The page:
1. Everlasting Agreement
    1. Read Genesis 17:1-2. What are the terms of this contract?
      1. What did Abram promise?(Abram was to “walk” in a faithful and blameless way. I think “walk” means the general direction of his life.)
      1. What did God promise? (That Abram would have many descendants.)
    1. Read Genesis 17:7. What is the essential purpose of this agreement? (To have a special relationship between God, Abraham and Abraham’s descendants.)
    1. Bible scholars list many covenants between God and His people. They talk about the “Old Covenant” and the “New Covenant.” Do you think God’s purpose and plan for humans has changed?
      1. If not, what reason would God have for several different covenants?
      2. Do you think the agreement between God and His followers changed after Jesus’ resurrection?
    1. Let’s explore these questions by considering a covenant that God speaks about in the Old Testament. Read Jeremiah 31:31-32. What does God say in the Old Testament about the two covenants? (He says that the new one will not be like the old one.)
      1. Why are they different? (God’s people did not keep the Old Covenant.)
      2. How does God identify the Old Covenant? (He connects it to the exodus from Egypt.)
    1. Read Jeremiah 31:33. Does this New Covenant do away with the law? (No.)
      1. What do you think it means to put the law in “their minds” and to write it “on their hearts?” (The Ten Commandments were written in stone. This suggests the New Covenant involves wanting to do God’s will.)
    1. Read Ezekiel 36:26-27. How does this Old Testament text suggest this will be done? Why will we want to obey God? (The Holy Spirit will be in us. We will have a “new heart.”)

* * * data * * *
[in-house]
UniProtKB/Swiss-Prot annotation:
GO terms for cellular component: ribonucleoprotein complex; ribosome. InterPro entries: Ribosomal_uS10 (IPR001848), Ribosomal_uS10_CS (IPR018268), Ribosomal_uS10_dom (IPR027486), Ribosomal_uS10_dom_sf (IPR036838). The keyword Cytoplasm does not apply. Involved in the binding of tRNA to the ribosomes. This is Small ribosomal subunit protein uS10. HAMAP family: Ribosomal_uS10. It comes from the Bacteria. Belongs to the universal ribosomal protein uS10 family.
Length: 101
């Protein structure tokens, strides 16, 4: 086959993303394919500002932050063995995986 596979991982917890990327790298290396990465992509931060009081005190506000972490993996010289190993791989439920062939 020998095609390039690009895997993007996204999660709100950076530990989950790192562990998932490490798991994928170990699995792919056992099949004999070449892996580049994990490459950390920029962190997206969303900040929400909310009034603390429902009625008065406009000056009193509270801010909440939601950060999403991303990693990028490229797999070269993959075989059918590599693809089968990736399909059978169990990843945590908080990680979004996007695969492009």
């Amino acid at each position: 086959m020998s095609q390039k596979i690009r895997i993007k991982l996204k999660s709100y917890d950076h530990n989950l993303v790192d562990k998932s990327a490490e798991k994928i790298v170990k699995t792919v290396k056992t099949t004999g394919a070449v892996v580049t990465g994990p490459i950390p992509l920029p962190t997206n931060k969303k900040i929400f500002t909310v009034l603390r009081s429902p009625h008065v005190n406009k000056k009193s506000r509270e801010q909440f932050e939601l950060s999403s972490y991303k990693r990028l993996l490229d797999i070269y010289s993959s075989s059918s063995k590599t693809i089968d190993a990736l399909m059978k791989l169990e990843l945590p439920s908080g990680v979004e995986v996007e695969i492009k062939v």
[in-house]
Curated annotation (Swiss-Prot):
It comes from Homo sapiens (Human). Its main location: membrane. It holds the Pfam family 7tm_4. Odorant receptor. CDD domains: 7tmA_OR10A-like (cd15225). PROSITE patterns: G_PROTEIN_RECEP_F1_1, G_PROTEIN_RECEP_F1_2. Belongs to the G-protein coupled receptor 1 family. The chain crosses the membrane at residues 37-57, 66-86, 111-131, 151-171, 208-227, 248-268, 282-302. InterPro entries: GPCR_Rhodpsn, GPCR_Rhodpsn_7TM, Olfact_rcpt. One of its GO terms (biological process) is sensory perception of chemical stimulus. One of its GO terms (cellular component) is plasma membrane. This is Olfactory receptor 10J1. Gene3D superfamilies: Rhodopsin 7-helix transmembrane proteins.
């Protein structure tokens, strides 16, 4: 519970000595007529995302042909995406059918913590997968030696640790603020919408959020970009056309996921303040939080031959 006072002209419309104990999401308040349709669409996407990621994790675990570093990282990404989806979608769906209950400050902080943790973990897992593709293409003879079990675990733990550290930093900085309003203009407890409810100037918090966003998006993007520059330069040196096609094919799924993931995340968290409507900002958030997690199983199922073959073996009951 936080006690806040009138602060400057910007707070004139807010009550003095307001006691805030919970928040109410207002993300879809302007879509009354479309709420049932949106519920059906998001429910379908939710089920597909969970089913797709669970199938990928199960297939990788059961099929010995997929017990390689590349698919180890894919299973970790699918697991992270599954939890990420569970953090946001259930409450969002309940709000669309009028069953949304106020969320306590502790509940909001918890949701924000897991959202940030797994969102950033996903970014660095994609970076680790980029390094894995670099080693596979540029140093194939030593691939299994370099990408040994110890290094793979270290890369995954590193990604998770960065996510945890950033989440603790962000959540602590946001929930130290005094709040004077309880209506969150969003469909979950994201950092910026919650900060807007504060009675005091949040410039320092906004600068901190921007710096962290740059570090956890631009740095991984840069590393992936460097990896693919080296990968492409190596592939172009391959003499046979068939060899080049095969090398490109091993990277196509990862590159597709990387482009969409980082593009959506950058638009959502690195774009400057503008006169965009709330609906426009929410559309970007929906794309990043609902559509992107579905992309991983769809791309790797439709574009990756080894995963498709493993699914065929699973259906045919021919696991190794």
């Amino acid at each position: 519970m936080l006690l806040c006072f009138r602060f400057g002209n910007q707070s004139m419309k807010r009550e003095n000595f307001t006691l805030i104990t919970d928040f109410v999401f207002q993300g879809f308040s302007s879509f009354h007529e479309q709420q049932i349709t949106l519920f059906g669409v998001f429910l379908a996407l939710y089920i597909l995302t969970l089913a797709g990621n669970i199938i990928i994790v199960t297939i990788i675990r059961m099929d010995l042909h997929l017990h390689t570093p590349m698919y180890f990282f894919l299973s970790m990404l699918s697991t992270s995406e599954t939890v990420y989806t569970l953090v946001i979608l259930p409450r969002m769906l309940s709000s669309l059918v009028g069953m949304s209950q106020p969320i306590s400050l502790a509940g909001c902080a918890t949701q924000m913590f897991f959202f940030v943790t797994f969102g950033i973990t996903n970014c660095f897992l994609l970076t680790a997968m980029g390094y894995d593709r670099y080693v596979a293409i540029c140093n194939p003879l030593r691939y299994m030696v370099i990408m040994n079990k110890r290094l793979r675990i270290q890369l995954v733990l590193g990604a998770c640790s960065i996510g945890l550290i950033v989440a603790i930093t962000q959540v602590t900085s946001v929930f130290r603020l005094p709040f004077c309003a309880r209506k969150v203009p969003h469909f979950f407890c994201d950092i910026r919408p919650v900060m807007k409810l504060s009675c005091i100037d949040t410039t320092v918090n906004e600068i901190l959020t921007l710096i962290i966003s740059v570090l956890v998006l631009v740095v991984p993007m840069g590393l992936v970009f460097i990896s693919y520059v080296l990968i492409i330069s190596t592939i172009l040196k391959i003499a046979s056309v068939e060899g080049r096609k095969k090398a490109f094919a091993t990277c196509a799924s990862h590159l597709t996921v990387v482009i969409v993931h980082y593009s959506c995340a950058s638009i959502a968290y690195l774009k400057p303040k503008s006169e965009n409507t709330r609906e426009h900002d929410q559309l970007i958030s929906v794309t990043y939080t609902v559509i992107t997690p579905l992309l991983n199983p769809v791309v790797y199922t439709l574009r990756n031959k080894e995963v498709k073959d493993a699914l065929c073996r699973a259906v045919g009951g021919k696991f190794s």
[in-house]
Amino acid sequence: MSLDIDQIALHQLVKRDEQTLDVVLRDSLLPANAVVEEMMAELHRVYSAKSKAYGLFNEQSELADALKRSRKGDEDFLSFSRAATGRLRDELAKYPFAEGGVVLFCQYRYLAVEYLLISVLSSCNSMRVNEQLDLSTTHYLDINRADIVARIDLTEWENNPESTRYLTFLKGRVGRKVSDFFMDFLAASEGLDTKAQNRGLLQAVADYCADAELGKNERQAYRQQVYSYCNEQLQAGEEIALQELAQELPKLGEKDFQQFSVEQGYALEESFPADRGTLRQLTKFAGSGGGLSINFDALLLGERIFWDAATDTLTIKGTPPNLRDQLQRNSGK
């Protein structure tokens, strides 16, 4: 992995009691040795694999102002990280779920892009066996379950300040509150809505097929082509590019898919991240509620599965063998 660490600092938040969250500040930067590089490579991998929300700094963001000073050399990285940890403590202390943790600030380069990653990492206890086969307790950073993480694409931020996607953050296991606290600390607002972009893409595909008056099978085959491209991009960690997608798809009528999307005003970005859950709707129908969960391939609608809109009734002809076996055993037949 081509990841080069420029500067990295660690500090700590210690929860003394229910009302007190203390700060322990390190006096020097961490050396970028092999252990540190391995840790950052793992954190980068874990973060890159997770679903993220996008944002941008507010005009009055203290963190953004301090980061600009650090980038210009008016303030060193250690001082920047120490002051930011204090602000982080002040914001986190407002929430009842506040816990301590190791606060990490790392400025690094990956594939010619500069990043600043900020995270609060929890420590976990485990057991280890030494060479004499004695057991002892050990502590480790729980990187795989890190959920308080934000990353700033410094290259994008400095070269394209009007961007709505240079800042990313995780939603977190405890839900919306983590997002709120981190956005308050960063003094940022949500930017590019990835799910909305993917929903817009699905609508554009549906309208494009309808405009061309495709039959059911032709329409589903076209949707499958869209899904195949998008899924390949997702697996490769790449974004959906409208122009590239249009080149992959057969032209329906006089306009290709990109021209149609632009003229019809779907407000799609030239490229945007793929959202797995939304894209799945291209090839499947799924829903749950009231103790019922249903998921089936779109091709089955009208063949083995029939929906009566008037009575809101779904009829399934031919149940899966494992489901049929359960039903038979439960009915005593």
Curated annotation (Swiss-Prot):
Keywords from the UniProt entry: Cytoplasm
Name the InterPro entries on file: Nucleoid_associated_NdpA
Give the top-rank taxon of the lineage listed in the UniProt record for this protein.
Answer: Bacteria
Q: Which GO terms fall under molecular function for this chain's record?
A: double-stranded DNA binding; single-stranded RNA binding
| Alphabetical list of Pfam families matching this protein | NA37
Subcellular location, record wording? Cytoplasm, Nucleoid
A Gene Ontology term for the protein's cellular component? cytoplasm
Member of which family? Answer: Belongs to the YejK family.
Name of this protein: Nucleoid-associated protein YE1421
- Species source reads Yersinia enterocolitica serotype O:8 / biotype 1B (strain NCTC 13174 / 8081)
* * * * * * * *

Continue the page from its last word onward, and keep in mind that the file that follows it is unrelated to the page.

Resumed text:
1. Read Ezekiel 36:28-29. What is God’s role in this new arrangement? (He is not only our God, which is the historic agreement, but He saves us from sin.)
    1. Read Jeremiah 31:34. Why won’t we need Bible teachers? (I’m not sure this means we won’t need Bible teachers at all, but it does reinforce the idea that God’s law in written in our minds and hearts.)
    1. Read Hebrews 8:10-12. Does this sound familiar? (Yes, this quotes what we just read in Jeremiah 31!)
      1. Step back a minute and consider this. Has God changed the agreement with humans? (Yes. Read Hebrews 8:13.)
      2. Has God always planned to make this change? (It certainly seems that way. Long ago the Old Testament prophets Jeremiah and Ezekiel spoke of this coming new arrangement.)
    1. Let’s examine this change. Read Hebrews 8:1-2. How does this connect the Old and New Covenants? (It tells us that we still have a sacrificial system.)
    1. Read Hebrews 8:3-6. Notice the words “the new covenant is established on better promises.” What does that mean for us? (We have better terms! Our contract has been upgraded!)
    1. Read Hebrews 7:23-25. Why is this a better term?
    1. Read Hebrews 7:26-27 and Hebrews 10:14. How is this a better term? (Jesus sacrificed Himself once. That forever defeated the sin problem for those who claim His sacrifice. His one sacrifice took the place of the repeated sacrificing.)
    1. Read Hebrews 10:4 and Hebrews 10:14. What is the same between the Old and New Covenants? (Sin brings death. That is the point of all of the death connected with the sacrificial system. The good news then and now is that our sins do not bring our permanent death. God’s people were never sacrificed for their sins. God found a way for a substitute to die. The death that releases us forever from our sins is Jesus’ death!)
    • Friend, when you get to know Jesus you want to enter into His contract. What a great, generous and loving God! Will you decide, right now, to accept God’s offer?
  1. Next week: Trials, Tribulations, and Lists.